Cinematic atmosphere, popcorn and loudest applause right from the cars, it had it all

It was only a day after we had published the news on how drive-in shows and cinemas are soon becoming a reality in Europe that I had an opportunity to try out this innovative format myself. Yesterday, the capital of Estonia, Tallinn, hosted its very first drive-in live concert. The drive-in “pioneers” happened to be legendary Estonian rockers, Smilers.

When heading to the show, I had loads of questions in my head. Will it be a success? How many people will want to enjoy the show this way? What about the sound quality from FM in your car? And will required social-distancing rules be followed strictly?

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Smilers’ show took place on spacious and welcoming Singing Grounds (Lauluväljak). About 300 cars surrounded our car and it did feel like people were tired of homestay regime and hankered after a live experience. The band were rocking on stage on this cold May evening (it was barely above zero), while the concert-goers could choose whether to have their car window or roof open and soak in the guitars and drums directly or to play it via FM radio. The FM sound quality exceeded my expectations but I would assume it depends on a particular car’s stereo.

Hm, and how will people show the band they’re enjoying what’s happening on stage? Isn’t it boring for The Smilers to be playing to quietly standing cars? Well, quiet were they in no way! Each song was followed by honking, flashing headlights, waving hands outside the car windows, which created this uniting feeling about it.

In fact, after the show, when the cars were leaving the field, one car driver realized he wasn’t able to start his car. Will you hazard a guess? Because of all the honking, flashing and playing loud music, the car battery naturally died. Luckily, there was a car nearby to help the loyal fan out. “Yes, this is something to think about,” said the crew member. “We need to have at least one car for emergencies like this”. Indeed.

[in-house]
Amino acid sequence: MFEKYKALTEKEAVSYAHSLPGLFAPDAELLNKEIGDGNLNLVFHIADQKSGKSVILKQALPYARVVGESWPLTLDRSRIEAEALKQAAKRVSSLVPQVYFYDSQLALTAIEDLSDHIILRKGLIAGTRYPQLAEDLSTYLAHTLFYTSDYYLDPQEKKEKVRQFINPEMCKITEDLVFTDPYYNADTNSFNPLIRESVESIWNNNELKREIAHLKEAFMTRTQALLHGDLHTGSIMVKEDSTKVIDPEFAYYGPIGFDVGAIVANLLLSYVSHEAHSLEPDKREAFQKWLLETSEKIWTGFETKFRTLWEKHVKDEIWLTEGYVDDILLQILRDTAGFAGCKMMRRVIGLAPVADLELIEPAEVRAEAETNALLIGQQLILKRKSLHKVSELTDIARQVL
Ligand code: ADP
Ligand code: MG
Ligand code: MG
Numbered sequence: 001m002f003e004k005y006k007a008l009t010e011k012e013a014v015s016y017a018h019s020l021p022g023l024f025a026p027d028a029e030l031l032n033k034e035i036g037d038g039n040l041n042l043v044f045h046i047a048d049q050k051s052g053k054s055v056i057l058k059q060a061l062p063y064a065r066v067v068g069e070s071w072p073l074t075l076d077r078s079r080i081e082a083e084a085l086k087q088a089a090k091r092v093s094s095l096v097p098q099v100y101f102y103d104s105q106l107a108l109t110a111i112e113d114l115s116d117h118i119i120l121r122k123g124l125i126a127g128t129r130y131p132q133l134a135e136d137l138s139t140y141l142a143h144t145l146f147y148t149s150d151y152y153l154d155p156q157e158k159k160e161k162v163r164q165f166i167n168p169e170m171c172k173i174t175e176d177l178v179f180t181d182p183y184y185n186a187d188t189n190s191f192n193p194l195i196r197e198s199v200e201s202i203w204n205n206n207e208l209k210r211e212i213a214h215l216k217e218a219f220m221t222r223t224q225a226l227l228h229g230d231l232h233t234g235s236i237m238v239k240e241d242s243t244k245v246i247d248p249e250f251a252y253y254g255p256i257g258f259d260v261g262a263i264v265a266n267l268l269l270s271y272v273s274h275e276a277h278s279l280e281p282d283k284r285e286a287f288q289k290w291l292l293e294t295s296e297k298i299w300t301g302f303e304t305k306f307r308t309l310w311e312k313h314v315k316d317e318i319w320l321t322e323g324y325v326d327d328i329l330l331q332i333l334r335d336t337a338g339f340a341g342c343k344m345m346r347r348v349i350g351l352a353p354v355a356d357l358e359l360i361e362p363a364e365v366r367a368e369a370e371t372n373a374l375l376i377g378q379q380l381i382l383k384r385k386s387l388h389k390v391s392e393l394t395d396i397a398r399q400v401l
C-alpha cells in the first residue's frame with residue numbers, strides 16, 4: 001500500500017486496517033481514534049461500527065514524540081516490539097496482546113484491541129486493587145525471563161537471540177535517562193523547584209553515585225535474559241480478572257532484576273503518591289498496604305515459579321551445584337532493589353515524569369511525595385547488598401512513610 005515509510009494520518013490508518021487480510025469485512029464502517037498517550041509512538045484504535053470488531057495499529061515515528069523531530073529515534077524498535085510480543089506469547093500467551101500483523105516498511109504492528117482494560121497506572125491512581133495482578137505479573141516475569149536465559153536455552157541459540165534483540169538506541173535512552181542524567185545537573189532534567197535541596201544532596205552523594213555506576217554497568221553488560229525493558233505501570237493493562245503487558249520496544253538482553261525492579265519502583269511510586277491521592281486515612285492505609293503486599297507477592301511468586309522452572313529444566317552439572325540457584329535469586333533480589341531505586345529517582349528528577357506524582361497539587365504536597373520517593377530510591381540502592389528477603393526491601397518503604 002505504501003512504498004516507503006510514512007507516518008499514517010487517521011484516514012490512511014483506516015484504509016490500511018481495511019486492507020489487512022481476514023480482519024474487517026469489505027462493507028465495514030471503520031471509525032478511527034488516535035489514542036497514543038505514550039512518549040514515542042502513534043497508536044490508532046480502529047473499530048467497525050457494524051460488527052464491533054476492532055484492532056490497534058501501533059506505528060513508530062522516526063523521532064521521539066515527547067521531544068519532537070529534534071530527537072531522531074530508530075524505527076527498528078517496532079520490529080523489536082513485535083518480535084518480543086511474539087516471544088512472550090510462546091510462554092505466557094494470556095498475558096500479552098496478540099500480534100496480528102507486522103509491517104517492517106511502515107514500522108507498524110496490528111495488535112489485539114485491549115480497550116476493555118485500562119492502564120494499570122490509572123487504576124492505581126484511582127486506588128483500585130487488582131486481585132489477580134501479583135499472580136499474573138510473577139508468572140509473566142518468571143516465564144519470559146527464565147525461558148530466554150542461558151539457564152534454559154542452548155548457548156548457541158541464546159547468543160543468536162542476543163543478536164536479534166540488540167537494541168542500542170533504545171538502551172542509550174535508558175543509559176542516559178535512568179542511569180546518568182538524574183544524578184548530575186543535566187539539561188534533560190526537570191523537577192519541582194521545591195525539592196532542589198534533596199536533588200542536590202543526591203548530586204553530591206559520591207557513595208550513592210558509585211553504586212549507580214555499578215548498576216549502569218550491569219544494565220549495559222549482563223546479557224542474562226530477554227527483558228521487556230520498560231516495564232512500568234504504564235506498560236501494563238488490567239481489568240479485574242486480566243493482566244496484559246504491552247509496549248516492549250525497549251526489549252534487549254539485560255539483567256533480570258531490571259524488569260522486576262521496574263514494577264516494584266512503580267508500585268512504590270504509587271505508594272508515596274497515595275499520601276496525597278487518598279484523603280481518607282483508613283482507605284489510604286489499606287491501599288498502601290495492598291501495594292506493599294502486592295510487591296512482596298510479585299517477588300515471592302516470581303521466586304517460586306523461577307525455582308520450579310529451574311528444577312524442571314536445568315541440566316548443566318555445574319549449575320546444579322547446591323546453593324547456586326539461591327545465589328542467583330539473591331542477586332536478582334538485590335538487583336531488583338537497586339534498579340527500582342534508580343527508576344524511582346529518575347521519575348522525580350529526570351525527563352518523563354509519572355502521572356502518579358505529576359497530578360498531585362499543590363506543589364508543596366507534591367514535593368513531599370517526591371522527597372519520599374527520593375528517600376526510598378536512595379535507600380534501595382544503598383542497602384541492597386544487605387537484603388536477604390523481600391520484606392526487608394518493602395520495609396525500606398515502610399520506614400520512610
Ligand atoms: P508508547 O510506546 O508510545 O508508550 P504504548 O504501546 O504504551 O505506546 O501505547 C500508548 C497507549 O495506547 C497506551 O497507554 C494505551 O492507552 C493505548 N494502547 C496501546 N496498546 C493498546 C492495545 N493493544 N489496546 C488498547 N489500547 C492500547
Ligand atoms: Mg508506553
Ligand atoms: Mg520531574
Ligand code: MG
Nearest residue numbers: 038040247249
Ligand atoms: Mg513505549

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Smilers did their best onstage and played their best hits over the years, from rhythmic ‘Anna mulle tuld’ (‘Give me wind’) to ‘Hipisuvi’ (‘Hippy summer’), and as white nights are nearing in Estonia, and the sunset wasn’t rushing to start, it reminded less of a rock night and more of summer picnic time in the openair.

To make the atmosphere even more cinematic, Bolt Food delivery worked smoothly and efficiently directly to cars. You couldn’t order restaurant dishes that easily but just like in movie theaters, popcorn, snacks and drinks were only a click away. You didn’t even have to get out of your car!

In fact, all the social-distancing rules were followed by both the event crew and the visitors: from the number of people in the car (not exceeding two, unless you are a family) to no hanging around your vehicle. Very law-abiding crowd and safety insuring team.

The show is over, but the unusual feeling from it still remains. On the one hand, it’s a great way for friends or family to chill out together. On the other, the authentic rock element of it was a bit lost for me because of the distance from the stage and FM-transmitted sound. But that’s just for quarantine period, and we will soon enjoy “live live shows” with all the dancing, sweating and headbanging accompanying it, like before.

From Monday on, Apollo Autokino will show two films a day, including earlier March premieres and kids’ cartoons. This Thursday Tallinn enjoyed its first drive-in film screening, the tickets for which had sold out in the first four hours.

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